Given the seemingly endless reports and studies that continue to document the unhealthy lifestyle as well as the declining levels of physical activity among our fellow Americans, recent results in the first-ever United States Report Card on Physical Activity for Children and Youth should, unfortunately, come as no surprise. This report, issued by the National Physical Activity Plan (NPAP) Alliance and the American College of Sports Medicine, provides another eye-opening view on the lack of physical activity among our nation’s young people. The findings are a clarion call for action that we and members of the Congressional Fitness Caucus intend to take seriously.

In the 10 key indicators that were evaluated and graded as part of the U.S. Report Card, American children and youth had only one grade above C while the remaining grades were either below average or incomplete (due to lack of available data). “Overall Physical Activity,” a metric which measures the proportion of children attaining an hour or more of moderate-to-vigorous activity five days a week, scored a D-minus.  “Sedentary Behaviors,” which measures the proportion of children engaging in two hours or less of screen time per day, scored a D.

Our students did better in “Organized Sports Participation,” scoring a C-minus based on participation in least one school or rec team, and earned another C-minus in “School” for PE class participation. Unfortunately, these  grades are far from where they should be based on recommendations by pediatricians. Overall, the highest grade that was achieved was a B-minus  in “Community and the Built Environment,” and reflected the availability of at least one park or playground in our neighborhoods.

The findings of the NPAP Alliance and the 2014 Report Card Research Advisory Committee revealed the enormity of the consequences of diminished physical activity among our nation’s children.  Today, more than 31 percent of children and youth in the U.S. are overweight and almost 17 percent are obese. Contrast that with 1969, when the obesity prevalence was only  five percent, and the picture looks bleak.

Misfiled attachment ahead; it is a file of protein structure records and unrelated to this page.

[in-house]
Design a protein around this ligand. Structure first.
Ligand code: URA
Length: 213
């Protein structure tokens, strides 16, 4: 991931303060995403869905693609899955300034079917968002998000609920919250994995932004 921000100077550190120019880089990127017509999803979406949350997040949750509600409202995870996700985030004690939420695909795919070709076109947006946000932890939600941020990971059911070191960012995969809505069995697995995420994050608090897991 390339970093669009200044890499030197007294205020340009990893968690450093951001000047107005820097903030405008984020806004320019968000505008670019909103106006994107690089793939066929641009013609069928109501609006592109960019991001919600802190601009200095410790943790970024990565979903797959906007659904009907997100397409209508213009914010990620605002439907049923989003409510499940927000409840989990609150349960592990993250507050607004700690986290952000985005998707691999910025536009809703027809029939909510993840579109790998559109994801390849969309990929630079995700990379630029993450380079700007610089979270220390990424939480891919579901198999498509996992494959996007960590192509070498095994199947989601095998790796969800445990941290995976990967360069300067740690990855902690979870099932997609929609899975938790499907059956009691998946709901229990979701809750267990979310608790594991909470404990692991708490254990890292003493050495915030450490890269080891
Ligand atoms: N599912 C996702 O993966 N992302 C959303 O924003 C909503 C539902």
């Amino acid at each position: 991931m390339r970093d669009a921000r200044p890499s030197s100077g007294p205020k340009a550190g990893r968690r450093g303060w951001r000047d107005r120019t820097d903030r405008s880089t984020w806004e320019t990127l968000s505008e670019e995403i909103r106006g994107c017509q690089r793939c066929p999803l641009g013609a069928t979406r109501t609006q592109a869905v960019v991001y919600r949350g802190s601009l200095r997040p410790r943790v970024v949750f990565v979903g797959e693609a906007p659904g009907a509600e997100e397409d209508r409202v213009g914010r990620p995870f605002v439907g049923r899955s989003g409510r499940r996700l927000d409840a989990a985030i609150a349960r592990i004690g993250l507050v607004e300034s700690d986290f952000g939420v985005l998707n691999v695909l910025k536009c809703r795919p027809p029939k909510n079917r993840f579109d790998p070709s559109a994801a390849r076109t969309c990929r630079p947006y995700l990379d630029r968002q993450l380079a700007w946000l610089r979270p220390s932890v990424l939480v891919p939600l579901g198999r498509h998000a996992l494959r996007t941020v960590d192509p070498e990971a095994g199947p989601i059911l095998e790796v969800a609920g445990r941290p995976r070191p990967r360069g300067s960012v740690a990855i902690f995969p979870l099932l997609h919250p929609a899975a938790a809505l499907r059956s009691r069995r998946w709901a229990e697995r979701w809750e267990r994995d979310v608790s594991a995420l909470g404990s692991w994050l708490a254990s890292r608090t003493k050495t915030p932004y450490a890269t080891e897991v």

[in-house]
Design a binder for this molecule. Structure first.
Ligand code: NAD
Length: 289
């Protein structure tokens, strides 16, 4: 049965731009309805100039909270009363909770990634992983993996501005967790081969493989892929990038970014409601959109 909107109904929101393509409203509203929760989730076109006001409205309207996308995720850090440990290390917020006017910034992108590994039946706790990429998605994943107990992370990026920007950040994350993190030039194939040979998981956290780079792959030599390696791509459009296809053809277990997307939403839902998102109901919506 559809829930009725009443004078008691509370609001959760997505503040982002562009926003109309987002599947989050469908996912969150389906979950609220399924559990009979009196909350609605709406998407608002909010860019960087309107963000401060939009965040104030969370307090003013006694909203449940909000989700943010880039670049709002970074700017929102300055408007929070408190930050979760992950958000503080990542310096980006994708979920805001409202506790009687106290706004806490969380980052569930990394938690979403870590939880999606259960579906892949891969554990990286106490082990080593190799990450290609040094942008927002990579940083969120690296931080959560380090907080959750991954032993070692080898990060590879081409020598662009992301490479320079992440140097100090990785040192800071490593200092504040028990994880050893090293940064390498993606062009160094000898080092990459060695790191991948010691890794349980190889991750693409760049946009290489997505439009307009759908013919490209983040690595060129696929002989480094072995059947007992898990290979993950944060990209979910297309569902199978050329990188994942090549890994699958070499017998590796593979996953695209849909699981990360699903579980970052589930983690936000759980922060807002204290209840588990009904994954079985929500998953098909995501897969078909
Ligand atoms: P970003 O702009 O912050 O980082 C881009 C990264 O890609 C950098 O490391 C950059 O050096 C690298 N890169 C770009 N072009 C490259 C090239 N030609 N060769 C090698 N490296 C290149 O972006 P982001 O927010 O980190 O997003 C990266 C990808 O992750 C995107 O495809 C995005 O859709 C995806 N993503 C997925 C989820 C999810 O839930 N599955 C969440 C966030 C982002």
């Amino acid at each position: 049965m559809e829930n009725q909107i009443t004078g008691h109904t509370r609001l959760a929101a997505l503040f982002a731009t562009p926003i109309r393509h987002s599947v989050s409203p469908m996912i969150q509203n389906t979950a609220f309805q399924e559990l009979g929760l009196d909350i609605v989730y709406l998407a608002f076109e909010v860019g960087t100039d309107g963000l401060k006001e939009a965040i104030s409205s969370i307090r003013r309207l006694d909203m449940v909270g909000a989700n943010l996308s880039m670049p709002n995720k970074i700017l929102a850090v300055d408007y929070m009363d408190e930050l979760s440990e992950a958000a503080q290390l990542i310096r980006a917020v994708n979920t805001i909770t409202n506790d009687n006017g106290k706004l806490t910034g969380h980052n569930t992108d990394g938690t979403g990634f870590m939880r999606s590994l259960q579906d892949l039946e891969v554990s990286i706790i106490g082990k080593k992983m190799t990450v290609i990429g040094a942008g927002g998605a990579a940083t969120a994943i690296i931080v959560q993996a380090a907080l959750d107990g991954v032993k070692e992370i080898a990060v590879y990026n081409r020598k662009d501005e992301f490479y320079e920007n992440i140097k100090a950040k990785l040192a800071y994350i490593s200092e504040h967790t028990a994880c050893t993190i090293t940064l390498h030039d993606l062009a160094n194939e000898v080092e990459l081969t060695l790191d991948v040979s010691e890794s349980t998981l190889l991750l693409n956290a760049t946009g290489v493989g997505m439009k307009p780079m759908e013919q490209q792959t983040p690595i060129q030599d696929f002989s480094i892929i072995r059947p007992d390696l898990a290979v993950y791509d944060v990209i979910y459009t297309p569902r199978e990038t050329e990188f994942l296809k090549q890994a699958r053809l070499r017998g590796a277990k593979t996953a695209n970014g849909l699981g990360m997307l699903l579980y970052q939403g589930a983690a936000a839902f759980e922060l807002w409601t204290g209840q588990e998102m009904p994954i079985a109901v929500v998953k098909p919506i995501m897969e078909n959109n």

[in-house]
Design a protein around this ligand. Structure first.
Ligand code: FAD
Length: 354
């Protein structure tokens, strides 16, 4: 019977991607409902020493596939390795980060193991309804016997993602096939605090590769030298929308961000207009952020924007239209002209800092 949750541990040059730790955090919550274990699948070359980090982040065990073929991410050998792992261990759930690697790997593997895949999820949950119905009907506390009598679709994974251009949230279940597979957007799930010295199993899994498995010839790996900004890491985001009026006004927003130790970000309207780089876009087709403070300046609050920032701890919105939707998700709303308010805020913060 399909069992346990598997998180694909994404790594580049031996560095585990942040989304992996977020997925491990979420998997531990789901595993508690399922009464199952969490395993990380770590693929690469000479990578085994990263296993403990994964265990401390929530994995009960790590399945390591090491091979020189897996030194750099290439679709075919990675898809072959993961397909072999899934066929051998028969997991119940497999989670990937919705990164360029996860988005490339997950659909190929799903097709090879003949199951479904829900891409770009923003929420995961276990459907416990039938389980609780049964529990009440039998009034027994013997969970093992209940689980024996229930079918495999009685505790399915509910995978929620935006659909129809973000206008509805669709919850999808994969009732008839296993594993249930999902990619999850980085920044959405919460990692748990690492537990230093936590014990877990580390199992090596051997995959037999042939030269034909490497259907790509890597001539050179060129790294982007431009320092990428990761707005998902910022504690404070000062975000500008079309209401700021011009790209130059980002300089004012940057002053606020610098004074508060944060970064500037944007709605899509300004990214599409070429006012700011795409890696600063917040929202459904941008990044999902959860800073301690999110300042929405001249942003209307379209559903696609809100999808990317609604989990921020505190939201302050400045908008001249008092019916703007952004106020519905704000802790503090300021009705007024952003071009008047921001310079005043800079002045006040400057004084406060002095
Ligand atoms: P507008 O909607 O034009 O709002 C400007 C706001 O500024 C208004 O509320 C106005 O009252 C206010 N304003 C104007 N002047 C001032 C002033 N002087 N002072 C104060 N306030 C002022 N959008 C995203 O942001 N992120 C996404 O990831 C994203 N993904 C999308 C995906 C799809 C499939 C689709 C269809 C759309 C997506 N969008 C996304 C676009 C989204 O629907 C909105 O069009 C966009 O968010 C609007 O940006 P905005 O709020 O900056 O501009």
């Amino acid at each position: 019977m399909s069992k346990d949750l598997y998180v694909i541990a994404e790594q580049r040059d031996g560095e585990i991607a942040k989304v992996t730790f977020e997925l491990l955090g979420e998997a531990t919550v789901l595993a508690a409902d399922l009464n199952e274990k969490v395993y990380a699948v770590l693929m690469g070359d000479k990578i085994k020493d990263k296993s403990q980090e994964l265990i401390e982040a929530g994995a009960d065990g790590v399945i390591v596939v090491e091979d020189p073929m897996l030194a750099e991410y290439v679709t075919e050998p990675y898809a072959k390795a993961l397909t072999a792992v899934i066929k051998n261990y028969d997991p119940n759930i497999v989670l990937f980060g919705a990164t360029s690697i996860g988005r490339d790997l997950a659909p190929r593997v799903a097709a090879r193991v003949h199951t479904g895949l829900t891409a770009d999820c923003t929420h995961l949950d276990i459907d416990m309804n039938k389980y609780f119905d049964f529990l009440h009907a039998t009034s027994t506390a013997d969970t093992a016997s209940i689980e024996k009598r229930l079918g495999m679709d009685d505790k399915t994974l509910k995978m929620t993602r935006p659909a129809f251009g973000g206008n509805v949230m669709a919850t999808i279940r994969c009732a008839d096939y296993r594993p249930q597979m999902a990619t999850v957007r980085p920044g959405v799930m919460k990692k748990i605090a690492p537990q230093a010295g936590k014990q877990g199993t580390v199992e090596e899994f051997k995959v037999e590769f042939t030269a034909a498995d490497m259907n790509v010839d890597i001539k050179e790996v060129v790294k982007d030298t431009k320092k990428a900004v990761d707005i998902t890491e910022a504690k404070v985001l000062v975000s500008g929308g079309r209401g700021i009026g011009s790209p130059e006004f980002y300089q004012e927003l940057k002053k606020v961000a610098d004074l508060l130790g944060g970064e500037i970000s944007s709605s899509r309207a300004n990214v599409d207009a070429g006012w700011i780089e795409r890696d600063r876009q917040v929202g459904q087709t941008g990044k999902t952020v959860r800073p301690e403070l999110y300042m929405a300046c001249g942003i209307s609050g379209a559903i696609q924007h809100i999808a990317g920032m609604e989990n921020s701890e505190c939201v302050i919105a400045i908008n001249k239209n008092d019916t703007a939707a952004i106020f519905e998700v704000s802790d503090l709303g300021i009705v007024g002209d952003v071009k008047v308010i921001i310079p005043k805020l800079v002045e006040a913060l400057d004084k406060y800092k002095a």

Currently, only about 25 percent of U.S. children and youth aged 6-15 years are engaged in at least one hour of physical activity per day.  Looking at this number more closely, we see that 42 percent of children ages 6-11 meet this requirement, but only eight percent of youth ages 12-15 do. These statistics show that as children grow older, they become less physically active.

The Congress has a critical role to play in addressing this issue. There needs to be a more coordinated focus on physical activity for children and youth across the of the United States.

Although report card issued two weeks ago may seem depressing, the good news is that we have a chance to significantly improve moving forward.  The report card is the first in a historic series of national physical activity report cards in countries around the world that will be updated annually, providing an unprecedented global benchmark using a common methodology on this pivotal public health issue.

Legislation such as our bill, H.R. 2178- the Fitness Integrated with Teaching (FIT) Kids Act, would authorize grants to states to develop comprehensive, data-driven and evidence-based programs to address student physical health and well-being, fitness and nutrition.

Now that we know the score the Congressional Fitness Caucus will be focused on solutions that can make the most difference in improving physical fitness, nutrition and a better quality of life. We must bring up those grades!

Schock has represented Illinois' 18th Congressional District since 2009. He sits on the Ways & Means and the House Administration committees.  Kind has represented Wisconsin's 3rd Congressional District since 1997. He sits on the Ways & Means Committee. Schock and Kind co-chair the Congressional Fitness Caucus. For the full fitness report or summary edition, visit: